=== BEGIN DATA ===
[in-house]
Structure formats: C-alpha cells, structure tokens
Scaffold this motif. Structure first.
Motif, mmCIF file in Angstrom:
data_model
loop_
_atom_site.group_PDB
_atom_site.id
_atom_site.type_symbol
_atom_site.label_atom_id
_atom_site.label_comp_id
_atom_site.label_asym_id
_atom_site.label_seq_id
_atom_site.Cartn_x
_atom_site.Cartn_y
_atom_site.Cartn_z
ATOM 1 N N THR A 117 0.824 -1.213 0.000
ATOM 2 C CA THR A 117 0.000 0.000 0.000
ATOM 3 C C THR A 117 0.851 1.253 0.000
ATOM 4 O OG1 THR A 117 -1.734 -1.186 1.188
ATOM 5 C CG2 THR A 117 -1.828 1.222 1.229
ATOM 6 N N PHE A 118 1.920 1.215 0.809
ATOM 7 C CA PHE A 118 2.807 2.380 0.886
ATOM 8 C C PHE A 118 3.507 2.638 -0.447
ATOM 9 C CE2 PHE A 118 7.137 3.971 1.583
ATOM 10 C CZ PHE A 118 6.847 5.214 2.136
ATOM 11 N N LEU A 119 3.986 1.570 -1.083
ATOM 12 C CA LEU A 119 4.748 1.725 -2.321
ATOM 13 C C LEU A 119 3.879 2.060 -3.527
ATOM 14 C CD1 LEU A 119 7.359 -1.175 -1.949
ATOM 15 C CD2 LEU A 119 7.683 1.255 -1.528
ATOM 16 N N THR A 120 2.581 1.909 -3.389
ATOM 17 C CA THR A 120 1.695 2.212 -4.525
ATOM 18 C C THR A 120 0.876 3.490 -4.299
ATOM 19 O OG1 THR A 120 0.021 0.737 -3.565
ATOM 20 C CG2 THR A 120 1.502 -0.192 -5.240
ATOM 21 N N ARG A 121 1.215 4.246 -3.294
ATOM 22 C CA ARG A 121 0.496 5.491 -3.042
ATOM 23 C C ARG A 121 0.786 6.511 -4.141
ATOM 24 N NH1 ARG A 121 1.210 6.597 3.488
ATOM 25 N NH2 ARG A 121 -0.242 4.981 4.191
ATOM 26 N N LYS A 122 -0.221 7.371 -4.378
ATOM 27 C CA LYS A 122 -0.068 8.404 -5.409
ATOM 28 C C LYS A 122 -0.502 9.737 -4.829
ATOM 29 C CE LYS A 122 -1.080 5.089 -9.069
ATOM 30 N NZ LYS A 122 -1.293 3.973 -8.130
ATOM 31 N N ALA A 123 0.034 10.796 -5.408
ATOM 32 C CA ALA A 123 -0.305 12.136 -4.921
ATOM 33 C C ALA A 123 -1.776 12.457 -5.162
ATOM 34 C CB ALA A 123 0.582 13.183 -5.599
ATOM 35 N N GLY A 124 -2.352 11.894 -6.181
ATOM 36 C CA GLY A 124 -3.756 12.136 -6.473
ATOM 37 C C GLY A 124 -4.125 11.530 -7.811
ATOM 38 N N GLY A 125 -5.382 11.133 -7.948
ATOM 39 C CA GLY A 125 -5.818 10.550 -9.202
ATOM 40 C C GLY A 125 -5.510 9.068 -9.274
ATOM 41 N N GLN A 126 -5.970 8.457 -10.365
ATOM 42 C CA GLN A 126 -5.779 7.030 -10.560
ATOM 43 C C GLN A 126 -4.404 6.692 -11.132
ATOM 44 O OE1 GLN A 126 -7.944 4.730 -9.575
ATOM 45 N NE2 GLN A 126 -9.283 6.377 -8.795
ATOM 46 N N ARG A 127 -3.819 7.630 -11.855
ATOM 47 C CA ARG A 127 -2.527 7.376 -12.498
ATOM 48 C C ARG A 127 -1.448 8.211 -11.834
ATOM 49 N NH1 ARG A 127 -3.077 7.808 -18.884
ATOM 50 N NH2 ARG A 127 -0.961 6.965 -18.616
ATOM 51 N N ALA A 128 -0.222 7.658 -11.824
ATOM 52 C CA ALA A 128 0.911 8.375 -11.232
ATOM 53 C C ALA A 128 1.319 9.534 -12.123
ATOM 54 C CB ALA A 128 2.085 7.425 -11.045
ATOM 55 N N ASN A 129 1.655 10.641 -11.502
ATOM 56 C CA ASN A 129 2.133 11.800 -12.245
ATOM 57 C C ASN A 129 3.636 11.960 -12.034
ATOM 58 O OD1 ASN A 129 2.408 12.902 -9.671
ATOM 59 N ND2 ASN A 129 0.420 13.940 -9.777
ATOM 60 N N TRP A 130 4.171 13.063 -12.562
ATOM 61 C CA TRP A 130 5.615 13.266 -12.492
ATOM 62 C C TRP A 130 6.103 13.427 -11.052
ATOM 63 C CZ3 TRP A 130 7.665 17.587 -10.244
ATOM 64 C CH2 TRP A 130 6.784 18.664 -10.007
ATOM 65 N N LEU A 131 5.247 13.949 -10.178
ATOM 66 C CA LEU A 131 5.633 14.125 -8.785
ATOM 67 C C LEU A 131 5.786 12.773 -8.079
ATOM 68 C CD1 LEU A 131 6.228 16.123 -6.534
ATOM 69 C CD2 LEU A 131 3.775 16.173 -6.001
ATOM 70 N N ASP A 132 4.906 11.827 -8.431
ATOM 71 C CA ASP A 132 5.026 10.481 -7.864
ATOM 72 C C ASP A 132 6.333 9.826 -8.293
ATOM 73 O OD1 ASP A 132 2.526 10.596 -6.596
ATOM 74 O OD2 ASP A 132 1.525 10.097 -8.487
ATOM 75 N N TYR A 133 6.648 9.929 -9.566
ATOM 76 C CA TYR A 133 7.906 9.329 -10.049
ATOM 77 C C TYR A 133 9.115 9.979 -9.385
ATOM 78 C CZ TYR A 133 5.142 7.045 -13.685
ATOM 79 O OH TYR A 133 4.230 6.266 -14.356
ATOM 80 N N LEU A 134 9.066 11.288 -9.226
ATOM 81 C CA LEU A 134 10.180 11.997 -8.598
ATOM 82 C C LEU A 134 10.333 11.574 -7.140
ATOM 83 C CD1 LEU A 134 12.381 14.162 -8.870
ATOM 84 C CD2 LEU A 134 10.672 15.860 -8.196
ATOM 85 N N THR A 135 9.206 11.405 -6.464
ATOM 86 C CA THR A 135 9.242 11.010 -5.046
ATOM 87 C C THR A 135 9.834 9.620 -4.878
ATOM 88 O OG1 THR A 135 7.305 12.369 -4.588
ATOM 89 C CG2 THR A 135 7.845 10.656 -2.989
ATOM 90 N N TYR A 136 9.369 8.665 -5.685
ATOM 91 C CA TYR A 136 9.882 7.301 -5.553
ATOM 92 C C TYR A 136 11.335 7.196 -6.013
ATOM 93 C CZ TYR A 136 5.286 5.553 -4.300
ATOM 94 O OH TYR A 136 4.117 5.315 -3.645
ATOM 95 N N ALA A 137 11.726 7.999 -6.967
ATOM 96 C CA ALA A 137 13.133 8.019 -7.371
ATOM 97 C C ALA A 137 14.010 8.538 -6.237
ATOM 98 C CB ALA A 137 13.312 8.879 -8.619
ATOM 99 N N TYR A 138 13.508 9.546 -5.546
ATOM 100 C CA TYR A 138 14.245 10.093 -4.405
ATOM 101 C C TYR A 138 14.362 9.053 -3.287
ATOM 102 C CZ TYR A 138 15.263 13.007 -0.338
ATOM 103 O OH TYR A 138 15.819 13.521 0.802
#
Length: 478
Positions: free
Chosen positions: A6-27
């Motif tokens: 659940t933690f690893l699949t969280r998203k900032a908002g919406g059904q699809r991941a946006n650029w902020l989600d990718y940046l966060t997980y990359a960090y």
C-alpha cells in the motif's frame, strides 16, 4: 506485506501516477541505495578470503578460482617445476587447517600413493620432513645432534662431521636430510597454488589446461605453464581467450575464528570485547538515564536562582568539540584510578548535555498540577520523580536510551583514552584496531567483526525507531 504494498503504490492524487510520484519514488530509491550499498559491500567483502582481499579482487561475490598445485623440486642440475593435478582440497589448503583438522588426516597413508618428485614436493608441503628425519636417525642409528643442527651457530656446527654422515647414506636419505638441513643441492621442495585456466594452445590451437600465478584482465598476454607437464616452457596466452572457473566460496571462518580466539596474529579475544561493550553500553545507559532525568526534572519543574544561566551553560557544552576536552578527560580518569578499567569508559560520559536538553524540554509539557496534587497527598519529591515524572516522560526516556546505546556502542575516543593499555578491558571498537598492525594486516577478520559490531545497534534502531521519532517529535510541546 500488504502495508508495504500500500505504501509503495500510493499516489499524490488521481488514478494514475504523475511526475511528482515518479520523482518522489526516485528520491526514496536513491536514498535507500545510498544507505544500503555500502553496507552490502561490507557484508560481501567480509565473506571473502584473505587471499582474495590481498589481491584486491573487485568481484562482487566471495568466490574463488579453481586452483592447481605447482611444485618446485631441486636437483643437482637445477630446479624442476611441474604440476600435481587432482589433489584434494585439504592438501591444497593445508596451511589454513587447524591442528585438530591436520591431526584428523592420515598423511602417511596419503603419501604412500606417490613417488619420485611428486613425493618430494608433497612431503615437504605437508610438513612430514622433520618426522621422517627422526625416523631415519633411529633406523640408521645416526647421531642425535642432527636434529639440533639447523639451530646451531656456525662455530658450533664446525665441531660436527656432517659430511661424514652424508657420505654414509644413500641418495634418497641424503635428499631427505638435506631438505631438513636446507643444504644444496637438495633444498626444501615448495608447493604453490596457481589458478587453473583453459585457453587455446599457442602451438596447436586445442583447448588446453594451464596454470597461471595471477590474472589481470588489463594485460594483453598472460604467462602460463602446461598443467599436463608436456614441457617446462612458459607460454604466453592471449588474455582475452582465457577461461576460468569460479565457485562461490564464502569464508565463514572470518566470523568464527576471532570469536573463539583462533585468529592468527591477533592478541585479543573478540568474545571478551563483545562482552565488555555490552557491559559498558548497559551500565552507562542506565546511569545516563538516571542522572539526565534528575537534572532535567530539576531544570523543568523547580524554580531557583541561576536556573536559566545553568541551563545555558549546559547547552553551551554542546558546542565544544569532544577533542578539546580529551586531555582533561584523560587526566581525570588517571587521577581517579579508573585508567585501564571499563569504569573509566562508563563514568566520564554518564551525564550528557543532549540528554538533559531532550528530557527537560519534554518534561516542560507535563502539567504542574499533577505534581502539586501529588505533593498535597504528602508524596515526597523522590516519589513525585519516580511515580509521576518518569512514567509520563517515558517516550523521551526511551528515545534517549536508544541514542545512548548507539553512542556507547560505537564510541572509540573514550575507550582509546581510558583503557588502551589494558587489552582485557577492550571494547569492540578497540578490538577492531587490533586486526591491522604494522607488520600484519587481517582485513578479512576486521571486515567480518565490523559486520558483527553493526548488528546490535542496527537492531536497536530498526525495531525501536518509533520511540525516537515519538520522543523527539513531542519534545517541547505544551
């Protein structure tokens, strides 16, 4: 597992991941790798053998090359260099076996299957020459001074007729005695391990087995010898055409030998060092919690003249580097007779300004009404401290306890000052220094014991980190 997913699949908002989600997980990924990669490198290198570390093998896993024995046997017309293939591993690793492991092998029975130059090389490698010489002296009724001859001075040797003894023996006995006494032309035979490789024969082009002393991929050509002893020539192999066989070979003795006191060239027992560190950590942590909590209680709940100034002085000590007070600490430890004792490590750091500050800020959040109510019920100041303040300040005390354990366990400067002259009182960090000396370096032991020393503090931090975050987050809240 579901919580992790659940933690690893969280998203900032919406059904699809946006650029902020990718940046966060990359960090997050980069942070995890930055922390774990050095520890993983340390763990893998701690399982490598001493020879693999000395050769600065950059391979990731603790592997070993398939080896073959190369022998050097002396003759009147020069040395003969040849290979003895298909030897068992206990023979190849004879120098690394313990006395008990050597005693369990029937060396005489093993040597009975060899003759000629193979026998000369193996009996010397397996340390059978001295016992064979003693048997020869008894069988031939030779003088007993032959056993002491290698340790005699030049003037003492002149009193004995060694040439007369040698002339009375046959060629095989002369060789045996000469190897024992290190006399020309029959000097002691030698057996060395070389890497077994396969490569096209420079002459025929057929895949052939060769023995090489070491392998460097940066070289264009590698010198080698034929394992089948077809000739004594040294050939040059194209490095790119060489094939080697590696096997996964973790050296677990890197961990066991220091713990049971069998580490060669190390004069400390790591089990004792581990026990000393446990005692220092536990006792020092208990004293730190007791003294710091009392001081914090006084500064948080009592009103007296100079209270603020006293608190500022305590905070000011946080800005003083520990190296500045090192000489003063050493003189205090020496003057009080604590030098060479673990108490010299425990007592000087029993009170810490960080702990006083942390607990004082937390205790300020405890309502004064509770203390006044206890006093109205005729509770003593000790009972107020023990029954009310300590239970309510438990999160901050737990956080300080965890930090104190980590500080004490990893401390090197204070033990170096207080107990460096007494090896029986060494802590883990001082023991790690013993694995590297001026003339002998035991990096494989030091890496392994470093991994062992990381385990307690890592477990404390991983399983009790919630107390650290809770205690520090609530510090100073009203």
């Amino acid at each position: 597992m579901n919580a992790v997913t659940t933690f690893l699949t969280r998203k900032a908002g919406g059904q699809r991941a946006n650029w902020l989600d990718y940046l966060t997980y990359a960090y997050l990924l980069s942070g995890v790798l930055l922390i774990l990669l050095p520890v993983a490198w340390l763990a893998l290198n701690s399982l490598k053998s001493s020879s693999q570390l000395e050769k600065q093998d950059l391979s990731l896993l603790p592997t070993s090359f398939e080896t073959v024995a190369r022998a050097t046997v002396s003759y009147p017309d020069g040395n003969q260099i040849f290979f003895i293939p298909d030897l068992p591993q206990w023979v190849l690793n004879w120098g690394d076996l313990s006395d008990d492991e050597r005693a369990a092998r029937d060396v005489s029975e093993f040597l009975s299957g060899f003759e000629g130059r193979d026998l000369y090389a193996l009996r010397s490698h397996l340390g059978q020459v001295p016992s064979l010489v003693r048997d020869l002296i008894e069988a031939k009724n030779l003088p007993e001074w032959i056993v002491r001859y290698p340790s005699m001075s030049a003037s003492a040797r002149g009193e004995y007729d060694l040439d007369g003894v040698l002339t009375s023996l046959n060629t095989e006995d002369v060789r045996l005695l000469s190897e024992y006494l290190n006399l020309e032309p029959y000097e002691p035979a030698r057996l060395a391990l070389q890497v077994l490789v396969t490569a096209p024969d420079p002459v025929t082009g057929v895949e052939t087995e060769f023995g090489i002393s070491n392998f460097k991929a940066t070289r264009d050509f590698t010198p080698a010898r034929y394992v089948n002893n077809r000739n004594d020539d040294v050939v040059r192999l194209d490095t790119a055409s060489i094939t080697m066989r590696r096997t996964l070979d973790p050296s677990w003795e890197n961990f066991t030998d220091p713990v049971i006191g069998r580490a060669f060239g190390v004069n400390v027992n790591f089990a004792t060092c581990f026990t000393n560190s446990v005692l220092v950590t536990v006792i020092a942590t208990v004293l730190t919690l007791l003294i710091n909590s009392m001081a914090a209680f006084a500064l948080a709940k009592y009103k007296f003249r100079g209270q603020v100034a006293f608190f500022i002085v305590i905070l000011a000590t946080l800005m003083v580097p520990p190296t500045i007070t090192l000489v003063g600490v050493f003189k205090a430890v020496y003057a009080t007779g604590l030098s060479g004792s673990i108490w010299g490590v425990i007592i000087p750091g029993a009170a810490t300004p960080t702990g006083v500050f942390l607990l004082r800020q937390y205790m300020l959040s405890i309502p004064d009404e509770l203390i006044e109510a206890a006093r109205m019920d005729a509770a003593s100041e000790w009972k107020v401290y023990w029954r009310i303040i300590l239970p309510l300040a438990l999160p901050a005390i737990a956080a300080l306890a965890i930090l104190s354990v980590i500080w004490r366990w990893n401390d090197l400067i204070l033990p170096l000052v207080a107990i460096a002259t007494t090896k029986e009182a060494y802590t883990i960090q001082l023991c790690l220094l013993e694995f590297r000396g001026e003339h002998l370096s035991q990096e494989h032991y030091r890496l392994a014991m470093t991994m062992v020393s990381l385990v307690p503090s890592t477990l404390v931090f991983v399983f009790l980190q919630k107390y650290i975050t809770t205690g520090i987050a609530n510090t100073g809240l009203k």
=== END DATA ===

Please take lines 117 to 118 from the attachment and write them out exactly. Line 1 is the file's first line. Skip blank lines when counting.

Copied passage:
ATOM 101 C C TYR A 138 14.362 9.053 -3.287
ATOM 102 C CZ TYR A 138 15.263 13.007 -0.338